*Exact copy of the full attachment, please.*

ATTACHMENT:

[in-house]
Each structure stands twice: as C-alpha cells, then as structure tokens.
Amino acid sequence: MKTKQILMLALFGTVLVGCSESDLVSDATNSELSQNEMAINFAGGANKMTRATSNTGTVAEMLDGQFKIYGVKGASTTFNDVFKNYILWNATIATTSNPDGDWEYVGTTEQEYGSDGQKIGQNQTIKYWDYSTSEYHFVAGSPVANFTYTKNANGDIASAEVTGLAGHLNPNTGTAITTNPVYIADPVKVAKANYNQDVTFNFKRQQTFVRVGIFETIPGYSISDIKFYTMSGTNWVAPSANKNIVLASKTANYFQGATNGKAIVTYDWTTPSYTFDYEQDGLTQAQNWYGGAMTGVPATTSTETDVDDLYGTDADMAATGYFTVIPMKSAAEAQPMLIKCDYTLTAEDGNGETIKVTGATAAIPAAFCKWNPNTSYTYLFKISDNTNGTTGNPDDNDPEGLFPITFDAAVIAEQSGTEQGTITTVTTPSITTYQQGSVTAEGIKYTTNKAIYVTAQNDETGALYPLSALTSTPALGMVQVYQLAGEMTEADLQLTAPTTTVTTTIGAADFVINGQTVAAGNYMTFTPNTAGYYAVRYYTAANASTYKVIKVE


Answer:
[in-house]
Each structure stands twice: as C-alpha cells, then as structure tokens.
Amino acid sequence: MKTKQILMLALFGTVLVGCSESDLVSDATNSELSQNEMAINFAGGANKMTRATSNTGTVAEMLDGQFKIYGVKGASTTFNDVFKNYILWNATIATTSNPDGDWEYVGTTEQEYGSDGQKIGQNQTIKYWDYSTSEYHFVAGSPVANFTYTKNANGDIASAEVTGLAGHLNPNTGTAITTNPVYIADPVKVAKANYNQDVTFNFKRQQTFVRVGIFETIPGYSISDIKFYTMSGTNWVAPSANKNIVLASKTANYFQGATNGKAIVTYDWTTPSYTFDYEQDGLTQAQNWYGGAMTGVPATTSTETDVDDLYGTDADMAATGYFTVIPMKSAAEAQPMLIKCDYTLTAEDGNGETIKVTGATAAIPAAFCKWNPNTSYTYLFKISDNTNGTTGNPDDNDPEGLFPITFDAAVIAEQSGTEQGTITTVTTPSITTYQQGSVTAEGIKYTTNKAIYVTAQNDETGALYPLSALTSTPALGMVQVYQLAGEMTEADLQLTAPTTTVTTTIGAADFVINGQTVAAGNYMTFTPNTAGYYAVRYYTAANASTYKVIKVE